In successfully concluding the church’s lawsuit against the town of Edisto Beach in August, the pastor of Redeemer Fellowship feels he’s gained three important insights worth sharing with other Southern Baptists.
A U.S. District Court in South Carolina has filed a statement of interest in favor of Redeemer Fellowship’s claim that town leaders violated the church’s rights under the First Amendment when they barred it from renting space at the town’s Civic Center.
Redeemer Fellowship of Edisto Beach made headlines when, after renting the center on two previous occasions in April and May of last year, church leaders sought a more long-term rental agreement and the town council denied its application. Council members then amended the facility use guidelines in June to bar rentals for religious worship services, citing separation of church and state concerns.
The district court subsequently stated that far from being a justification for barring the fledgling church plant from using the facility, the Constitution requires that churches be allowed to rent facilities on an equal basis with other community groups. On Dec. 31, however, town leaders already had voluntarily decided to rescind the ban.
“After we contemplated it, thought through it, prayed through it, we decided that it was a good thing to consider pushing back,” said Redeemer Fellowship Pastor Rob Heath, recalling the church’s reasoning for pursuing legal action.
“We had joined Alliance Defending Freedom as a way of helping us to be sure that we got all of our founding documents correct, and realized when this came up that really their primary work is in defending freedom,” he added. “So we contacted them, and basically we sued the city over the right to use the civic center and won.”
“The town was required to pay damages, which were pretty minimal, and about half of our legal fees, which were not insignificant,” Heath said. While damages only totaled about $3,000, attorney’s fees were in excess of $100,000.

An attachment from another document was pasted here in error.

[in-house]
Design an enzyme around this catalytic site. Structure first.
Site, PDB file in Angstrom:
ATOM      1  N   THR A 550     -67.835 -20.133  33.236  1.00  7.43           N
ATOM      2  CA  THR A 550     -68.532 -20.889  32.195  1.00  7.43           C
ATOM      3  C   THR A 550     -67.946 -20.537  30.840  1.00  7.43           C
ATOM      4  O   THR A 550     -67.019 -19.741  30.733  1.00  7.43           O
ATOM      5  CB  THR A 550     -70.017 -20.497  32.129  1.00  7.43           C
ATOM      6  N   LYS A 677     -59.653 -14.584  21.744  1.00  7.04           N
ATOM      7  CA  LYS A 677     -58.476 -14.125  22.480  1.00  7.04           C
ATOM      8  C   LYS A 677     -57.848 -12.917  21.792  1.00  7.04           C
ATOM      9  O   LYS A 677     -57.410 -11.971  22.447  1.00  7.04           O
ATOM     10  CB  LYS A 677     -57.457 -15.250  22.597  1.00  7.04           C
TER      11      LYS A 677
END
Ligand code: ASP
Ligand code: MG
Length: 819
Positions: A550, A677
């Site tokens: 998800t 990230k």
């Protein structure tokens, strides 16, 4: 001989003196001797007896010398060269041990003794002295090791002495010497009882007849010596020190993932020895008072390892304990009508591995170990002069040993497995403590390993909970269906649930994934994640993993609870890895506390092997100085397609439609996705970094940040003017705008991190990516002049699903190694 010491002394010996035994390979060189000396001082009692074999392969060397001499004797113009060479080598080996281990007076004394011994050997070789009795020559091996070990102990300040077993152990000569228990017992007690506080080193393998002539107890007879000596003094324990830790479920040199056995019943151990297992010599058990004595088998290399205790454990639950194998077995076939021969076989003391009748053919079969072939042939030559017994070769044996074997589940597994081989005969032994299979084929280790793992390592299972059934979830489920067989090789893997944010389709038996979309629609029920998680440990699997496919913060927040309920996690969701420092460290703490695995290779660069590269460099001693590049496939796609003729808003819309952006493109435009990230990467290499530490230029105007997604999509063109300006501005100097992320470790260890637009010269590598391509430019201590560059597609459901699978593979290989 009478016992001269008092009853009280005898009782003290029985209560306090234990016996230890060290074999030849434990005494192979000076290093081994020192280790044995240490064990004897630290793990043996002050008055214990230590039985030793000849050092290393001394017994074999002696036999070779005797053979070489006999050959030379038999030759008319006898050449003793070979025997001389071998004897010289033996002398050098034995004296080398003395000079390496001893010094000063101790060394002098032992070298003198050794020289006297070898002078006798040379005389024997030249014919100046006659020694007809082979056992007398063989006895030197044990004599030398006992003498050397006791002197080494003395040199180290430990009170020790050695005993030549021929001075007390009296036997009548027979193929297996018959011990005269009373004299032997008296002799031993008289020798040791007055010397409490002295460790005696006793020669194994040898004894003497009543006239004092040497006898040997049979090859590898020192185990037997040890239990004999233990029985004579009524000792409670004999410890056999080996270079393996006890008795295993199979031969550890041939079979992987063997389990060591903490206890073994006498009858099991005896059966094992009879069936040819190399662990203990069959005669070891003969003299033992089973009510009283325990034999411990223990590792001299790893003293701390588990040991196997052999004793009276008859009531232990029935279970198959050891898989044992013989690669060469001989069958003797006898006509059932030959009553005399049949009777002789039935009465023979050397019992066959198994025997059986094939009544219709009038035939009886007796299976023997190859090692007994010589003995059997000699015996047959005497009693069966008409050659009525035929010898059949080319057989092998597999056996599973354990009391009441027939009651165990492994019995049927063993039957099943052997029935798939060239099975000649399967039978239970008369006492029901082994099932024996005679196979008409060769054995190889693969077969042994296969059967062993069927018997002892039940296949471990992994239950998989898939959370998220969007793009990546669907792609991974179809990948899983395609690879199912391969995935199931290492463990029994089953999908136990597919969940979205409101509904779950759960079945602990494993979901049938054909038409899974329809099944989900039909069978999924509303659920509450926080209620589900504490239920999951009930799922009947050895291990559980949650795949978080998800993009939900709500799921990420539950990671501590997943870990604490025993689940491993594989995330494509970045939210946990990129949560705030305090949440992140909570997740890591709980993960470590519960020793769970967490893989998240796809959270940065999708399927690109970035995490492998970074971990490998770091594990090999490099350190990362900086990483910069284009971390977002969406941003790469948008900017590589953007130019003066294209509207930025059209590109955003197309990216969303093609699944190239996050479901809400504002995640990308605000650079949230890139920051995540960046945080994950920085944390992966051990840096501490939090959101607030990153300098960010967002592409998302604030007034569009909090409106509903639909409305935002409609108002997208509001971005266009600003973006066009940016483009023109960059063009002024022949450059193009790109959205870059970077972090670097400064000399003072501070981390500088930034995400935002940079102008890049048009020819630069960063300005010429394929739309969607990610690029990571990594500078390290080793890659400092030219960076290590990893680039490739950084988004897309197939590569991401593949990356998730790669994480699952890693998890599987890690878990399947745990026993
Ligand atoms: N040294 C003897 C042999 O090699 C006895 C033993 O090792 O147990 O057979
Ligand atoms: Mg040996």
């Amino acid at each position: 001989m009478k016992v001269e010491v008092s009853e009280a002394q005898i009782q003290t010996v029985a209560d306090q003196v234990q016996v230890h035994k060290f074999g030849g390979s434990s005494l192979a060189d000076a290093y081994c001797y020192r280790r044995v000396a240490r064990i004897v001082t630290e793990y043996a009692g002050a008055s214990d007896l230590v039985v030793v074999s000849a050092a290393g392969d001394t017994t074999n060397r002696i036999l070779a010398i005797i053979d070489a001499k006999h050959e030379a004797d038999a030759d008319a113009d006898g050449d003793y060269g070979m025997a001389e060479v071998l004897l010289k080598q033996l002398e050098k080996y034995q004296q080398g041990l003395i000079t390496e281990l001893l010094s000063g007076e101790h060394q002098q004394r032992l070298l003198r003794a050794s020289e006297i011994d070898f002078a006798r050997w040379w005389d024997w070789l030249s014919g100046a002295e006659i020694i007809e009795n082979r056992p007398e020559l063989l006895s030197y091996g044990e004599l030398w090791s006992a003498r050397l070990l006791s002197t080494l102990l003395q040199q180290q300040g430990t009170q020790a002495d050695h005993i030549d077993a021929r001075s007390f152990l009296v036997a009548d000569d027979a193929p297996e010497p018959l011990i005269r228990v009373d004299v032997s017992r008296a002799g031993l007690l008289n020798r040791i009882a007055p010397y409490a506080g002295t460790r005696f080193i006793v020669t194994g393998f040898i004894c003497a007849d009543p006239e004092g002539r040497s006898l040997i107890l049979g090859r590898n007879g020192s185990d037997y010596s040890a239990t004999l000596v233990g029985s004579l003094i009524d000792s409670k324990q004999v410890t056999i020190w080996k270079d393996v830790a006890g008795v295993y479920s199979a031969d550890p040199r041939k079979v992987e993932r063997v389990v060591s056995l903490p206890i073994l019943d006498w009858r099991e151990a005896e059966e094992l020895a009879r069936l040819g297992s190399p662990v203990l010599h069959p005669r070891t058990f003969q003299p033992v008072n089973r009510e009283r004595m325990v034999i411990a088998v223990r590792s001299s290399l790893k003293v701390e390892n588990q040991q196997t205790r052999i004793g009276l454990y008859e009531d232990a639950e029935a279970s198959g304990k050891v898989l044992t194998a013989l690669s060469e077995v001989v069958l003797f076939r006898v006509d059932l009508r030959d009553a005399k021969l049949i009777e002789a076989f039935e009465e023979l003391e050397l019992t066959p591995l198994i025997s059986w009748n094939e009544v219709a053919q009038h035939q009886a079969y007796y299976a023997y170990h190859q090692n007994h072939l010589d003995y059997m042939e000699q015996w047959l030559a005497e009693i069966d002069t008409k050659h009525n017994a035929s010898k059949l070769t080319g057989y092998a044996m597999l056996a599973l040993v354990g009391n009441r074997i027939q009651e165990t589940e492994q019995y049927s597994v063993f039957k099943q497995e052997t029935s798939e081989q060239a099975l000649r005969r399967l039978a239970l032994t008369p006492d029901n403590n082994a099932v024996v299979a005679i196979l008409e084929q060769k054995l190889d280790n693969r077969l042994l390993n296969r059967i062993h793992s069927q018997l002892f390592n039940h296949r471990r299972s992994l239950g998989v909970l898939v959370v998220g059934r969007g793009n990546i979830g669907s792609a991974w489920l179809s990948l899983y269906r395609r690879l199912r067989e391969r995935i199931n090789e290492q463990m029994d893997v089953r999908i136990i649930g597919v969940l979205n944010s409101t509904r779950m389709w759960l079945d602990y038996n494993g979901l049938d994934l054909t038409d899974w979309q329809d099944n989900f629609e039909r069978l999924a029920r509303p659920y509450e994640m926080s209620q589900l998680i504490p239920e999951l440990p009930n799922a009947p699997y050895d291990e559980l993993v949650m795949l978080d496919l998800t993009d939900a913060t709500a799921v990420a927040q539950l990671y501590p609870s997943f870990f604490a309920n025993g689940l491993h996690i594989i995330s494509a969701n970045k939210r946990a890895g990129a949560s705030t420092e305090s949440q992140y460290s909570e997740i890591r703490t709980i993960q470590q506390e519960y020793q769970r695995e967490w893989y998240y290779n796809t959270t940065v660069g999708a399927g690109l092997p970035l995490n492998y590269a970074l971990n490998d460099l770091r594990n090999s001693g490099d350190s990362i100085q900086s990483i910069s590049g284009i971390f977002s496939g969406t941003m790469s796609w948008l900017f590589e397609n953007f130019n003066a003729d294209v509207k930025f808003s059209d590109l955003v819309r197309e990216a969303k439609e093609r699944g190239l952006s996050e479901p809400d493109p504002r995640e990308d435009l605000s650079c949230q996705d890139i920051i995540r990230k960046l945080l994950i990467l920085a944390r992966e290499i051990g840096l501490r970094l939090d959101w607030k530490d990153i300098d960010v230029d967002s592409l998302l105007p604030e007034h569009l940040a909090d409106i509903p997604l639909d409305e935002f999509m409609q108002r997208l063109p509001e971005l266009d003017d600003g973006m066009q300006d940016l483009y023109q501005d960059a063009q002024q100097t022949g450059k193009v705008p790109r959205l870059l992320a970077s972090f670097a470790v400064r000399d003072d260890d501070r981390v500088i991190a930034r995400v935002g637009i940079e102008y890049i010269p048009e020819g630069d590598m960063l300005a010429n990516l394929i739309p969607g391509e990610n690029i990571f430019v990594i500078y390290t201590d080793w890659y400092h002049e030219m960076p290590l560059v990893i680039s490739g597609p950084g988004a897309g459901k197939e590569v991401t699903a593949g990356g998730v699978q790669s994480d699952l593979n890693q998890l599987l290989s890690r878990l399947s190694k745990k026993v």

Now that the dust has settled, Heath offers these insights from the experience:
“First, I thought it was something noteworthy to say: ‘Hey, this is the kind of stuff that’s going on right here in little old South Carolina, and we should be prepared for it to be able to respond firmly, biblically, graciously.
“It’s worth saying, ‘This is not right.’” Heath said. “We really landed on what people know as the golden rule, in thinking, ‘Okay, we’re in a position to say this shouldn’t be done to us or to others, and it’s worth pushing back on.’”
A second thing he saw is the grace of God in providing for and guiding Redeemer Fellowship through this time. He’s now seeking God’s guidance in restoring some of the relationships and in healing some of the bruised egos.
Heath also commends the work of Alliance Defending Freedom. “They were spectacular,” he said. “They were so gracious, they were so efficient.
“The attorneys for the town and their insurance company that got involved in it when the bills began to mount, they just frankly were no match for the passion and giftedness of the folks from Alliance Defending Freedom,” Heath said.
Redeemer Fellowship currently meets in an elementary school that is on the island, but in Charleston County, he said, pointing out that it is also a public building.
“The church is doing well, we’re growing, we’re finding our footing,” Heath said. “But we’re reaching some people and are really having some fruitful ministry to the community, to the elementary school that we’re meeting in, and really have some great works going on in investing in other mission ventures.”
As for the town, the council has made “as public a commitment as you could hope for that they will not do anything like that again,” Heath said. “That was really what we were aiming for, was for them to recognize this was a constitutionally wrong decision, a bad neighbor decision, frankly.”